6C Text

My parents were enduringly grateful to the British for giving them sanctuary and for defeating the Nazis. They gave my oldest brother (the three of us top right, circa 1959), born just after the end of the war, the middle name Franklin in tribute to the American President Roosevelt. Whatever reservations they may have had, my parents loved Britain, the landscape, the humour, the lack of intrusion and that they could be private citizens. My father treasured a copy of the ‘Helpful Guidance to Refugees’ (bottom left), which encouraged the behaviours and good qualities he so appreciated in his new homeland.

Like the unaccompanied children who had come on the Kindertransport (statue at Liverpool Street Station, centre left), at the end of the war many refugees found out about the fate of their family and friends in Europe, most of whom had died in the camps. As far as I know, the last communication
my father had from his family in Holland was a letter from Westerbork in August 1943 notifying him of the birth of the twins Robert and Elisabeth. The facts about individuals were slow to emerge and my father went back to Germany in 1946, both to do business and to see and find out for himself. On his 1946 trip back to Germany he went to buy up the detritus of war and sell it as scrap. Few refugees wanted to return to a devastated and divided Germany and most applied for British Naturalisation and Citizenship. Thekla Hess, by then in her 60’s and still living in Leicester (bottom right), became British, as did her family and all of my family (my Grandfather Erich’s identity card centre top and his blue passport bottom right). Our small family prospered, and by the time I was born in 1953 Harry had a steadily growing metal business based in Camden Town, dealing in aluminium and stainless steel.

The first note of concern I recall from my parents about living as ‘foreigners’ in Britain was with the Conservative Minister Enoch Powell’s (top left) widely reported and inflammatory 1968 ‘Rivers of Blood’ speech, which included lines such as; ‘We must be mad, literally mad, as a nation to be permitting the annual inflow of some 50,000 dependants, who are for the most part the material of the future growth of the immigrant-descended population. It is like watching a nation busily engaged in heaping up its own funeral pyre’. I remember my parents, horrified by its racism and xenophobia, switching their newspaper order from the Tory-supporting Daily Telegraph to the more liberal Guardian, a change which was never reversed. Their anxiety was not about their status, which was settled, but more due to an undercurrent of fear based on current events and past experience, which we can still recognise today.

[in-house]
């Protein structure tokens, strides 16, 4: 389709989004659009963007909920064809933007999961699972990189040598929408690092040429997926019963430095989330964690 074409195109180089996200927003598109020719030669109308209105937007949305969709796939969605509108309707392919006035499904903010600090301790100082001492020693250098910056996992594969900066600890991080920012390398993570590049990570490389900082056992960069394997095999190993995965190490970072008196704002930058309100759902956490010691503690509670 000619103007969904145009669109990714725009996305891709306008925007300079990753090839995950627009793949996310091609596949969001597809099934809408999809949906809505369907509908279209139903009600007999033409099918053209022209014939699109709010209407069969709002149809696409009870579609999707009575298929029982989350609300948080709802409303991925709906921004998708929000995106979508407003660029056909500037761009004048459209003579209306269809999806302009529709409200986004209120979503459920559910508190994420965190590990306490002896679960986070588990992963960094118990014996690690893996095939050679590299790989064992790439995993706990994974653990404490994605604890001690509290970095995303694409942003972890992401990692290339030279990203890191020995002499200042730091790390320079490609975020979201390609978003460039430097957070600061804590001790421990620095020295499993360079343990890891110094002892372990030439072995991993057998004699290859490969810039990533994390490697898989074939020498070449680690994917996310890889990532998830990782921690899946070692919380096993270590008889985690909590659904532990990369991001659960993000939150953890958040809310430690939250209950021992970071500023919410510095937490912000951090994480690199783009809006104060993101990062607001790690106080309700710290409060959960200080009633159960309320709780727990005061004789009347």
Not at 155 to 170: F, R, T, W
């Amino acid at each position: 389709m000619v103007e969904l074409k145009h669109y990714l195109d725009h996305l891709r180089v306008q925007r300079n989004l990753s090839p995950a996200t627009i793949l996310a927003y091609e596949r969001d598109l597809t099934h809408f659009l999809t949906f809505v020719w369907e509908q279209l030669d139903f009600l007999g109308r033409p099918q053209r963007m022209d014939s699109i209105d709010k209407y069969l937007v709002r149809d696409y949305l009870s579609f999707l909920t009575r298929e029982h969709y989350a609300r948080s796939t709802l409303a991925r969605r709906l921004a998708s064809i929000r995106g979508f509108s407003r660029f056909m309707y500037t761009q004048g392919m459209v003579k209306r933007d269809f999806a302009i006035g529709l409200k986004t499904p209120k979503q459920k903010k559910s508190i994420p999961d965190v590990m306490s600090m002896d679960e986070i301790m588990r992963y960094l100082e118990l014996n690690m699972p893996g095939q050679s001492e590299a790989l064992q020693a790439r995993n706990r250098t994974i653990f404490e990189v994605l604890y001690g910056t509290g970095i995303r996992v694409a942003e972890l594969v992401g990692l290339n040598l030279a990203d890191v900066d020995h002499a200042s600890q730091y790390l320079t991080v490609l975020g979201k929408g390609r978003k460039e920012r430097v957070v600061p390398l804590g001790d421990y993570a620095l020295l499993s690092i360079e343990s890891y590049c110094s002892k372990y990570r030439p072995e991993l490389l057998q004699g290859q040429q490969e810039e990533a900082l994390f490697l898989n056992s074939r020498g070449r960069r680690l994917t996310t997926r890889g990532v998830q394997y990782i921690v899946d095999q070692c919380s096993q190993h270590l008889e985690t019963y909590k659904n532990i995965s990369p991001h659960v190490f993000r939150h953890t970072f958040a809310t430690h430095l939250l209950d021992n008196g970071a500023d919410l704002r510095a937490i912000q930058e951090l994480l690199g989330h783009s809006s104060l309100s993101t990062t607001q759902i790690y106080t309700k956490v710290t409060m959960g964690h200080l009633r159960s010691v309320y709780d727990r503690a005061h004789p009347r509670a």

Unlike the refugees from Europe who had to apply for, and were sometimes refused, asylum, those who came after the war on the Windrush (centre right) and other boats from the Caribbean were British citizens. They were encouraged to come as a solution to the postwar labour shortage. The 2018 ‘Windrush scandal’ is linked to the Home Office ‘hostile environment’ immigration policy. Implemented in 2012, these administrative and legislative measures were calculated to make staying in Britain as difficult as possible for those without the correct ‘leave to remain’ papers, in the hope that they would leave voluntarily. Citizens of the Windrush generation without the stipulated papers were denied legal rights, threatened with deportation and in some cases wrongly detained or deported. Due to the uncertainty generated, some lost their jobs, homes or were denied benefits and
medical care to which they were entitled. The campaign group Liberty was one of many organisations to challenge this government policy (see lorry in centre).

The book ‘Life in the United Kingdom’ (new version, centre right) prepares those wanting to become residents for the citizenship test. A multiple-choice exercise with 24 questions, the test covers some challenging subjects. A candidate is expected to know the aims of the Chartists (see print 5B), who built the Tower of London, and who first won an Olympic medal in the 10,000 metres. I particular liked the question ‘What is not a fundamental principle of British life?’ With a choice from: 1) treating others with fairness. 2) looking after yourself and family. 3) driving a car. 4) looking after the environment’. I did not pass the mock examination first time.